On Saturday night, Theresa and I hunkered down for the two hours and 40 minutes of theatrical goodness that is Hamilton. Like many people, I’ve had my kick of listening to the soundtrack on a loop and yet though every bit of dialogue in the production is captured in the soundtrack, there is, of course, so much more depth when the staging and acting and full craftsmanship is in the mix.
And so I watched it with a new appreciation for what I had been singing along with for the last few years. And I also heard the words through the lens of 2020, this challenging, rich year.
“Look around at how lucky we are to be alive right now,” the Schuyler Sisters sing at the beginning of the musical, describing being in a challenging and rich time of coming revolution – literal, armed revolution – and all of the coming challenge and richness of building the foundation of a new country where only white, landowning men are considered full citizens. “And when I meet Thomas Jefferson, I’m ‘a compel him to include women in the sequel,” sings Angelica.
Eyes forward, possibility potent, achievable.
What if I said to you, “Look around at how lucky we are to be alive right now – history is happening!”
Now, as with then, we’re in the midst of a mighty test of mettle, much of which can be distilled down to the questions, “What kind of country do we want to be? What does that choice mean for citizens of both the country and the world?”
Now, as with then, we’re packaging issues of humanity into the wrapping of politics and while policies are where many of the changes must be made, we have become all too adept at dismissing politics as mostly irrelevant and so, along with it, the humanity encapsulated within.
Now, as with then, we have the option to choose cynicism and despondency or optimism and action.
I don’t know about then, but I’m pretty clear that now, we as a society prefer optimism in retrospect. Give us a tech mogul now swimming through his bank vault like Scrooge McDuck and we laud his optimistic early days of $200 and a garage. Rewind to that garage, and we think he should face reality and get a job.
I don’t know about then, but right now, I believe we have solid answers to most of what ails us. Meaningful green tech exists and has been implemented in small scale. Same with powerful ideas for how to rectify systemic inequalities. No, we don’t have a cure or vaccine for Covid-19 yet but we know for certain that simple, achievable actions like keeping distance and wearing masks stems the spread in massive ways.
Tom Rivett-Carnac, co-founder of Global Optimism, a group focused on social and environmental action to combat climate change, described the option for hope, the option to move forward on the tools and ideas we have available, as “gritty, determined, stubborn optimism.”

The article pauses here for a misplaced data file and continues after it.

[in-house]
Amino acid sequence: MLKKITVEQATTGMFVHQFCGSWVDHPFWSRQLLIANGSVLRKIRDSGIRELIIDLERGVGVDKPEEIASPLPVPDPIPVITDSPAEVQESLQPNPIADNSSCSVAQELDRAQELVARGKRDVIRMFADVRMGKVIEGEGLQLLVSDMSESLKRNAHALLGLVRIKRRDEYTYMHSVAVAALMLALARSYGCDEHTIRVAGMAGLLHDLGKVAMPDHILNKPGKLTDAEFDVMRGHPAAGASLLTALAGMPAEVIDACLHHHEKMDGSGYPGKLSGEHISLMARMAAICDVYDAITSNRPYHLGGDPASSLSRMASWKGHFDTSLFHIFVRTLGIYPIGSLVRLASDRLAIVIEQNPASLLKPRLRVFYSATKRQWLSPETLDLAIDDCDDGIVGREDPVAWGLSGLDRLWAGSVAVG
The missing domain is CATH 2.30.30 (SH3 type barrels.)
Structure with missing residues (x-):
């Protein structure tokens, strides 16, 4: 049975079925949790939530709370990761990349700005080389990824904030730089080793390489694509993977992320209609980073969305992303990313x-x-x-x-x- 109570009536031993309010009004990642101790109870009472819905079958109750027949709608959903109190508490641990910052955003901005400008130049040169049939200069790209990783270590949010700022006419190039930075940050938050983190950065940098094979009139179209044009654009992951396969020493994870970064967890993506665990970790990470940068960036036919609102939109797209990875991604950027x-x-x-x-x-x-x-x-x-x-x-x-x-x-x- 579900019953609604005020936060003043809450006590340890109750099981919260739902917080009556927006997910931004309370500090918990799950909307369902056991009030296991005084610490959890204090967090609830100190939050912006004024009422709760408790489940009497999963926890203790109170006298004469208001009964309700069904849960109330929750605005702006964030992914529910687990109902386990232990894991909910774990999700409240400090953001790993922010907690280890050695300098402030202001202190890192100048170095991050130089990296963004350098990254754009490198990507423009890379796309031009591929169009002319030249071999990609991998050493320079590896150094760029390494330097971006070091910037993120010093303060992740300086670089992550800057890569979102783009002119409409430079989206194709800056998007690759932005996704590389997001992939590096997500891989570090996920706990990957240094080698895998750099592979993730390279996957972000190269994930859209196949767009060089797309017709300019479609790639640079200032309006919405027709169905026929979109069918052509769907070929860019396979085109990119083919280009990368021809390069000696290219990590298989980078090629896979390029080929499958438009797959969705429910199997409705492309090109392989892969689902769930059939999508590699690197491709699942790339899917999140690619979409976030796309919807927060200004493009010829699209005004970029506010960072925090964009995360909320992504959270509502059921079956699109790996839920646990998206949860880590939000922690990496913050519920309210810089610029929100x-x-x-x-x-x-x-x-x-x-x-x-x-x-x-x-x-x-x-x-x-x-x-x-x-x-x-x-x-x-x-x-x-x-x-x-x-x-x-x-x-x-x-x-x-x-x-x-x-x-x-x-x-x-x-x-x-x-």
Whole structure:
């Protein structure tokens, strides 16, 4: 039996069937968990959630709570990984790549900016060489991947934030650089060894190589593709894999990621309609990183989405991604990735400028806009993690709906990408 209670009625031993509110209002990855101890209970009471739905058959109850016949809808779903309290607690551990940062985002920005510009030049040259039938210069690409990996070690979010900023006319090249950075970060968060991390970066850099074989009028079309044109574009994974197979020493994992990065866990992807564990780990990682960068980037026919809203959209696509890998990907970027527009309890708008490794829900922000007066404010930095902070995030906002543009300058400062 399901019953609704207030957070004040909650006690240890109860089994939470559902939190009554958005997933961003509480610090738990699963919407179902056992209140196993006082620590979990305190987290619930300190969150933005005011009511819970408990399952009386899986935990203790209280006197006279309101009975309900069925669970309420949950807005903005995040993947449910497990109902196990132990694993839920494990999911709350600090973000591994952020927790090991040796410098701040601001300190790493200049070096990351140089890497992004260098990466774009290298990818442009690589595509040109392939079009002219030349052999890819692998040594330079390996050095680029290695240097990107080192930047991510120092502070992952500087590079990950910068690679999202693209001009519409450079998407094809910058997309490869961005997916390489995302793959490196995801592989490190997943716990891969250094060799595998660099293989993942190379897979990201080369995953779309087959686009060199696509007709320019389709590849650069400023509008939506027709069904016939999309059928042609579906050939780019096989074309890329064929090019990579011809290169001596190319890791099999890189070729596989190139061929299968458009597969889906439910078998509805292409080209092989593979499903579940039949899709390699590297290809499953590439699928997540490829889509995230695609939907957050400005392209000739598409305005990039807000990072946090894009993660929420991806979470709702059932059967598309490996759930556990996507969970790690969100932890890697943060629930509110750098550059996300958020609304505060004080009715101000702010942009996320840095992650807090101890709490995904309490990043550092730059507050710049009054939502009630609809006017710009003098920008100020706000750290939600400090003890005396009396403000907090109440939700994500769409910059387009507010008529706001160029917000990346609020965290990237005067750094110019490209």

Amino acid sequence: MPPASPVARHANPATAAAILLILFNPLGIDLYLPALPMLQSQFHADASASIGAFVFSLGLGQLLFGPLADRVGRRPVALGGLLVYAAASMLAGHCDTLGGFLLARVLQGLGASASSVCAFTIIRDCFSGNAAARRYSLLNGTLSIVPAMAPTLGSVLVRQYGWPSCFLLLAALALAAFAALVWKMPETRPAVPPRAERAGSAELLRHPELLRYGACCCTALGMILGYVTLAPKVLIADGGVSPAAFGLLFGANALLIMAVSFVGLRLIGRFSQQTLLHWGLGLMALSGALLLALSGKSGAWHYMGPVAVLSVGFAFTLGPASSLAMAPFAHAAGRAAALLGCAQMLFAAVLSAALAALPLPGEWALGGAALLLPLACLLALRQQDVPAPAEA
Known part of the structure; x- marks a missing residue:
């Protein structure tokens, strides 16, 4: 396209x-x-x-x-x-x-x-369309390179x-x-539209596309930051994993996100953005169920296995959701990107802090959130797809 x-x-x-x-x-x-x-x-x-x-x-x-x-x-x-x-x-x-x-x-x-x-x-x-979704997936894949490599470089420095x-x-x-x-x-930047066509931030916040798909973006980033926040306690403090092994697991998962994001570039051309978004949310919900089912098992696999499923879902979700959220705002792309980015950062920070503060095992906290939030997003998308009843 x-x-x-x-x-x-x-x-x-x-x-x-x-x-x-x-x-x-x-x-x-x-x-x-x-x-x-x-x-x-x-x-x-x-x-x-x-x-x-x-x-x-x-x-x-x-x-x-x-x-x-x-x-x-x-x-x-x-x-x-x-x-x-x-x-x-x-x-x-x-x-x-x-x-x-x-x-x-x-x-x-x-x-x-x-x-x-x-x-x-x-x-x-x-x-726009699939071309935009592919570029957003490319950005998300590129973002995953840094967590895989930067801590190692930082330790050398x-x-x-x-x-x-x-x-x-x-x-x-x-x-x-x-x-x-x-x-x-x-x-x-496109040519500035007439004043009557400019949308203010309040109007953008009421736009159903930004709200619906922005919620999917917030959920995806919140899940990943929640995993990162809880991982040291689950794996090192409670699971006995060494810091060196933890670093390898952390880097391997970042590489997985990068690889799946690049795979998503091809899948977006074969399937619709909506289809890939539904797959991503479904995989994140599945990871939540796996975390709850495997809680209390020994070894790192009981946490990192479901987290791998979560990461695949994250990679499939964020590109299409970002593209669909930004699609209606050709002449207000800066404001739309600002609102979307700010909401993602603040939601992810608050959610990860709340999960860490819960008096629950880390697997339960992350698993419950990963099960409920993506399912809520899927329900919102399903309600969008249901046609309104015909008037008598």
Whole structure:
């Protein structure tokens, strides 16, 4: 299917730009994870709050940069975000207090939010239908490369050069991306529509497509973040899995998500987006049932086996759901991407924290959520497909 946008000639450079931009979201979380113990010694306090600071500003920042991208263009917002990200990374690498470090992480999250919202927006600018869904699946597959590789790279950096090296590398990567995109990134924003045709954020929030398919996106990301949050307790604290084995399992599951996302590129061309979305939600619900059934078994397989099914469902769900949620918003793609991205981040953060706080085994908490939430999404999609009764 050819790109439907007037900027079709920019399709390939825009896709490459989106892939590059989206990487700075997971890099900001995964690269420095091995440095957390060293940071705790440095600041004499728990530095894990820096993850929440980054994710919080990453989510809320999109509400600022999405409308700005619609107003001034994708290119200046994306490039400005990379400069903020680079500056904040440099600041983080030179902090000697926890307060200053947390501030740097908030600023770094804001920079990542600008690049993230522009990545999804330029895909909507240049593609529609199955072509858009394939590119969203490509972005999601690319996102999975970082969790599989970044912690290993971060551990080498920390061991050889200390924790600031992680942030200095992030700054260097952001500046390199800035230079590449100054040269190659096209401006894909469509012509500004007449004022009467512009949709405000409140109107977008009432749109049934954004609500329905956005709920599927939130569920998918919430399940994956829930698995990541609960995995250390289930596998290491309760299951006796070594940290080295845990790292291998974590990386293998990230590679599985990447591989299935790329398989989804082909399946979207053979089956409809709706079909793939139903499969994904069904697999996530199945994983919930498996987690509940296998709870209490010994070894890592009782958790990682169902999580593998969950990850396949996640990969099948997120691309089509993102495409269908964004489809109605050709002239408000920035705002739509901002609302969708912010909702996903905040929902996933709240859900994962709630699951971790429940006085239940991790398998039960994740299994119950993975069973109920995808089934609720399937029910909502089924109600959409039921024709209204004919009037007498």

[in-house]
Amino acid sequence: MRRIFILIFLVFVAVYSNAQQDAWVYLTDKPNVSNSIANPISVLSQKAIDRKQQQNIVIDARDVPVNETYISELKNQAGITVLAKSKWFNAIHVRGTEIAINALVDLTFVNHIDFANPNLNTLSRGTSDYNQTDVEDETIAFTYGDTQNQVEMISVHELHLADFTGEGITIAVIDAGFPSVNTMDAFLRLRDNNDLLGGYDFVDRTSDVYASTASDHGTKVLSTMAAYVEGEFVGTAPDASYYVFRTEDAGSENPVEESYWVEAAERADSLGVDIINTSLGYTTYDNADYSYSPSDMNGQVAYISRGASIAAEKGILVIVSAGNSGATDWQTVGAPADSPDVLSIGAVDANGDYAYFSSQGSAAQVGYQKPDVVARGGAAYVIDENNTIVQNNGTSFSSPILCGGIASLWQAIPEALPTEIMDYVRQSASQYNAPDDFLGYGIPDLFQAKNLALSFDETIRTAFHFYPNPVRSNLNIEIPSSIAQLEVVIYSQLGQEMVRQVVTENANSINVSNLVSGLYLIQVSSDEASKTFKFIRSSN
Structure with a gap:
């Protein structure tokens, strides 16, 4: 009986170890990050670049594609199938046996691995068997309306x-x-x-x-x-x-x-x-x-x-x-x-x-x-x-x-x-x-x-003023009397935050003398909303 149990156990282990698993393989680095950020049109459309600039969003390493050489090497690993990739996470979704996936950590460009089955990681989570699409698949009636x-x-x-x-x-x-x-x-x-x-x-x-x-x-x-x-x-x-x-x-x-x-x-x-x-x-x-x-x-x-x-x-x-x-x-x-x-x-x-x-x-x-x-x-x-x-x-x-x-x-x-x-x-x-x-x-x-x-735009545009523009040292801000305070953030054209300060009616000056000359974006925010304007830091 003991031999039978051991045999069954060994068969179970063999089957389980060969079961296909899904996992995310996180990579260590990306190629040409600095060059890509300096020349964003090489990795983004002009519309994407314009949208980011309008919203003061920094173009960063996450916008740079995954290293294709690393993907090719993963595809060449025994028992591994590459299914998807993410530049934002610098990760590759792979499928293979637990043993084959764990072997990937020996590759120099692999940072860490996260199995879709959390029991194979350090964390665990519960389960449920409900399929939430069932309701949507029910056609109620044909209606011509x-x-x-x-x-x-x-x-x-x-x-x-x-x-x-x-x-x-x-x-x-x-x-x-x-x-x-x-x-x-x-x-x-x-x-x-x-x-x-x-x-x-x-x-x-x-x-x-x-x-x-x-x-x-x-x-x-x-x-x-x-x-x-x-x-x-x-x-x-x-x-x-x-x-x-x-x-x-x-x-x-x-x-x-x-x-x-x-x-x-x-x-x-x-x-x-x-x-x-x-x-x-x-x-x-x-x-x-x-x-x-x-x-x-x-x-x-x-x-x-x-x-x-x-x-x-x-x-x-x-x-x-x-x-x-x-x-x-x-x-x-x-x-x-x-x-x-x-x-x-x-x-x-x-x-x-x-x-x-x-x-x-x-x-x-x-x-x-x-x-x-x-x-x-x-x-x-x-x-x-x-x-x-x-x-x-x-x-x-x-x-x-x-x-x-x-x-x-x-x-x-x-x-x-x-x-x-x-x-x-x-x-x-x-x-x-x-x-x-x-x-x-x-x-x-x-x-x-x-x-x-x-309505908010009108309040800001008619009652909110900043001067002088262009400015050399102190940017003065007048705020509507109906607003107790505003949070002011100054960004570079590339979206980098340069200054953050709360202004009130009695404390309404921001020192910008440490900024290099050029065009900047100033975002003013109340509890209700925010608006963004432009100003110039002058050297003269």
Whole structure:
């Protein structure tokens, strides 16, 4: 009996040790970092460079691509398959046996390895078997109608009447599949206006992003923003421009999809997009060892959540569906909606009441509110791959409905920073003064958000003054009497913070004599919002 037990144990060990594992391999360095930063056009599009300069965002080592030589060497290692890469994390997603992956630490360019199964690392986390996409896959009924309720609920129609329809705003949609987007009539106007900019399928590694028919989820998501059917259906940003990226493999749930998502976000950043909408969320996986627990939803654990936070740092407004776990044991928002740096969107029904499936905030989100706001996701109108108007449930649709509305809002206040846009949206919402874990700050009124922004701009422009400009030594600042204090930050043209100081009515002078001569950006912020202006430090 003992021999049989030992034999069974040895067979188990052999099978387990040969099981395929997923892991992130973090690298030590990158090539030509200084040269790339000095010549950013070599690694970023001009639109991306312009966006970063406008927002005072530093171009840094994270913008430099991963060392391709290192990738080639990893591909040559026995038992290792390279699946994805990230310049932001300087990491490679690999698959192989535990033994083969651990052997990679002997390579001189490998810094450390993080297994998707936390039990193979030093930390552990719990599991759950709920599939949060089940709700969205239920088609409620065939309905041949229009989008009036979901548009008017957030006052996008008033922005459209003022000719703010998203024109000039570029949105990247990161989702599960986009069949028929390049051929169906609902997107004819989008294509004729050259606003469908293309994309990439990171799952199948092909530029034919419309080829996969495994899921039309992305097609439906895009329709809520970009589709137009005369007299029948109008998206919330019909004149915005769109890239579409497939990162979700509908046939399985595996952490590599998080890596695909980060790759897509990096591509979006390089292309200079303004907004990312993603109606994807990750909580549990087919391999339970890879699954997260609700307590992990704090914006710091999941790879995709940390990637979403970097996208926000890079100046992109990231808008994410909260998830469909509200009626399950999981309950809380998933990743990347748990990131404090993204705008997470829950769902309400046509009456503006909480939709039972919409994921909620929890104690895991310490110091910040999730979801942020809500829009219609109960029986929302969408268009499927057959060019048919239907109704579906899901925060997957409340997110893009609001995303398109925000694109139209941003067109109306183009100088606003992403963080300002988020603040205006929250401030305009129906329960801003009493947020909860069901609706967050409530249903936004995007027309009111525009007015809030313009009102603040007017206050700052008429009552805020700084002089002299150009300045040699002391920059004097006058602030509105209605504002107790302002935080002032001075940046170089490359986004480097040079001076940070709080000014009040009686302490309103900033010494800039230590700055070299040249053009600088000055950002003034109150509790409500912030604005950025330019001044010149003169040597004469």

Not sunshiny, warm-fuzzy optimism. Not I-was-just-born-positive optimism. But gritty, determined, stubborn, chosen, dirt-under-our-fingernails, returning-to-it-on-days-when-everything-feels-impossibly-dire optimism.
I’ll be honest, I’m not awesome at it. While I’m well-practiced at optimism in the immediate – for example, my clients’ abilities to shape their lives, grow through challenge, adopt healthier habits – I’m equally well-practiced at cynicism in the global, the big, the humankind-wide.
I practice taking the actions anyway. On the cynical days, which is most of the days, I practice actions like turning off lights and being thoughtful about water; making sure I’m using a person’s preferred pronouns even when the person can’t hear me; reading the histories and current events that expand my awareness of race-based injustice; turning around and driving back home when I forget to grab a mask on the way out – not because I think they will be the actions around which humanity’s well-being will pivot, but because I believe that enough people choosing the same actions does make a difference.
And because my well-being increases when I practice choosing gritty, determined stubborn optimism.
Look around at how lucky we are to be a live right now. We get to be the ones to see all of this through, and to create a better day, a better world, a better precedent for the generations to come.
Let’s make ‘em proud.
The Bigger Badder Crew will celebrate 2 years of Chomping & Chatting this Wednesday, October 21st; join in to get a boost of optimism-supporting energy. Or schedule some one-on-one time with me to discover how coaching can help you implement the actions of gritty, determined, stubborn optimism in your life.